Six-am spin class, a breakfast smoothie, Weeties for the kids, the morning school run, the 10am ‘brain drain’ (aka the daily work meeting), your third coffee, the lunchtime meeting (forced overtime), a visit from Jan in accounts, school pick-up, your fourth coffee, cooking dinner, putting the kids to bed, plonking your head on your deflated pillow…
Sound familiar? We’ve all got busy lives with jam-packed schedules that never seem to end, so-much-so that slowing down seems near-impossible. However, just like finding a moment, slowing down is all about mindfulness – making a mindful step towards a slower, more present way of life.
So how does one slow down when screaming kids are demanding the now boiling-over spag bol and your in-laws are calling on the phone? Here are some tips on how to slow down – even if it’s for a nanosecond – during your average chock-a-block day of tasks, jobs and family melt downs.
Enjoy the moments between sips
Can’t get through the day without a coffee (or two)? Taking five to drink your favourite brew is one of the easiest ways to slow down your day. Grab that heart warmer with two hands, lift it up to your nose and inhale. What do you smell? As you take a sip, picture the warm liquid as it rolls over your taste buds, before running down your throat. Enjoy the process; the smells, the warmth and the taste. Smell, sip and repeat.
Savour each bite
Food, glorious food! When was the last time you really enjoyed a meal? Taken in the scents, aromas, colours, taste and general deliciousness of the dish? If it’s been a while, let’s reacquaint you with the joy that is eating. Maybe you’re eating something a little bit naughty (hello Vinofood Rocky Road!). In the ideal world, you’ve got your feet up, glass of red in one hand, generous piece – or the whole thing, we’re not here to judge – of Rocky Road in the other. But hey, if you’ve just shoved a chunk in your mouth between washing the dishes and plonking the kids in the shower, that works too! All we ask is that you stop whatever you’re doing and actually taste that morsel of sweet, chocolatey goodness. It’s one small opportunity to slow down and embrace a taste of the good life, and a guaranteed way to help you appreciate those small everyday wins we often zoom straight past.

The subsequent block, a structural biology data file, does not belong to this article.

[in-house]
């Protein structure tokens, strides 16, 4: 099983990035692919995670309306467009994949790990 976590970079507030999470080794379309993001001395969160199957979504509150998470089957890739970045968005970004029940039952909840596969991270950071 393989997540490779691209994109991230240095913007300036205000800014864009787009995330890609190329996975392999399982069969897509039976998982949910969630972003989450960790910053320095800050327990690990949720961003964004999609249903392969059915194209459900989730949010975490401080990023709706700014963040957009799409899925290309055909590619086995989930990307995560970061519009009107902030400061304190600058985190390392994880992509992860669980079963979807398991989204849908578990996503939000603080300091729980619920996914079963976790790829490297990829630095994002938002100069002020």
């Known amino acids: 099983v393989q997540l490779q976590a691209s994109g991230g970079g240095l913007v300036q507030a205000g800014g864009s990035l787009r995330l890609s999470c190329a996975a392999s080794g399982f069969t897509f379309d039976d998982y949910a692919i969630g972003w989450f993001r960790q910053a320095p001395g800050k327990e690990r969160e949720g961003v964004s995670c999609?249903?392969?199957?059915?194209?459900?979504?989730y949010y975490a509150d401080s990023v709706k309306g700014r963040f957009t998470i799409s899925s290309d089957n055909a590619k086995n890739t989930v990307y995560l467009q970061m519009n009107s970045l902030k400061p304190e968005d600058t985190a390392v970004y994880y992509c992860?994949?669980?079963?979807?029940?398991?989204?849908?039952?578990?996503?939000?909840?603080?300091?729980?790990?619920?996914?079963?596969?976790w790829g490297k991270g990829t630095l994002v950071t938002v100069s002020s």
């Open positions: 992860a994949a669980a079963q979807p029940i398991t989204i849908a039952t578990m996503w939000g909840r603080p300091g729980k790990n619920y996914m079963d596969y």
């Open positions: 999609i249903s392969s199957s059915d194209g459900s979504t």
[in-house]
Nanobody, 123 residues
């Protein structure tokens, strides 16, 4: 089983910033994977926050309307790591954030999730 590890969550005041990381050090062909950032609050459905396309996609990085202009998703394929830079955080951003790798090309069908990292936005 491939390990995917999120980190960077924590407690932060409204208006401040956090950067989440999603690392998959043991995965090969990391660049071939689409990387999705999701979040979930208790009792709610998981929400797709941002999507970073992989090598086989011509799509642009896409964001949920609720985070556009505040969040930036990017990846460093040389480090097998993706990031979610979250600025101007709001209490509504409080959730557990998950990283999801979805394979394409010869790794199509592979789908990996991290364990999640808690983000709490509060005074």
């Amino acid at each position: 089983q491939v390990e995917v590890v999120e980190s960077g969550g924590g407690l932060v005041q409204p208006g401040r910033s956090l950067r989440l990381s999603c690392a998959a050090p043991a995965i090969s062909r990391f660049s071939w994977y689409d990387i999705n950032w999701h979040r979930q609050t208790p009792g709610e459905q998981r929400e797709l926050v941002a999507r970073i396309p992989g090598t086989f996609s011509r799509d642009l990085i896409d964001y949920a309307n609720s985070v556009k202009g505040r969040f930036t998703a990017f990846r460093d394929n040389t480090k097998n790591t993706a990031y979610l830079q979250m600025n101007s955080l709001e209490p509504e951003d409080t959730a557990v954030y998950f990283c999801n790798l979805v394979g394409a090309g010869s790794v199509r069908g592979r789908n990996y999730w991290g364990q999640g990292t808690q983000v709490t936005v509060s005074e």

Go digital-free and have a proper conversation
We’d like to present you with a challenge. Next time you’re having a conversation with someone – perhaps you’re having a brekkie catchup with the girls, or a dinner date with your partner – leave your phone in your bag (or, better yet, in the car or at home) and encourage them to do the same. It’s time to remember what having a real conversation looks and feels like. Listen to your friends/family/acquaintance without the distraction of Instagram, that pressing work email or random phone call. You’ll find you’ll be less distracted, more engaged and feel better connected. Can’t handle the half-hour digital detox? Just remember Insta, emails and missed calls will still be there when you return to your screen.
Do one thing, and do it well
Are you reading this on your phone, while watching TV, while eating dinner? It’s time to enjoy the present, people! You don’t need multitask every second of the day. In fact, focusing on one thing at a time allows you to be more present, mindful and engaged. Be focused and mindful on what you’re doing, and try not to fit everything into one moment.
Learn to relax
Having trouble switching off? Dedicate a space in your week for a little ‘me time’. It doesn’t have to be long, but it does need to be regular! Start with something that will intentionally slow you down. A hot bath. A yoga or meditation class. Reading a book. Gardening. Cooking. Once you’ve found your thing, do it once a week. Making a present and mindful step towards slowing down takes practise, but practise makes perfect, and before long you’ll find that slowing down becomes a normal part of your everyday routine.
Looking for simplicity in this digital, fast-paced world?
Welcome to Lessons from The Lake– a series of blog posts focussed on mindfulness, reflection and wellbeing.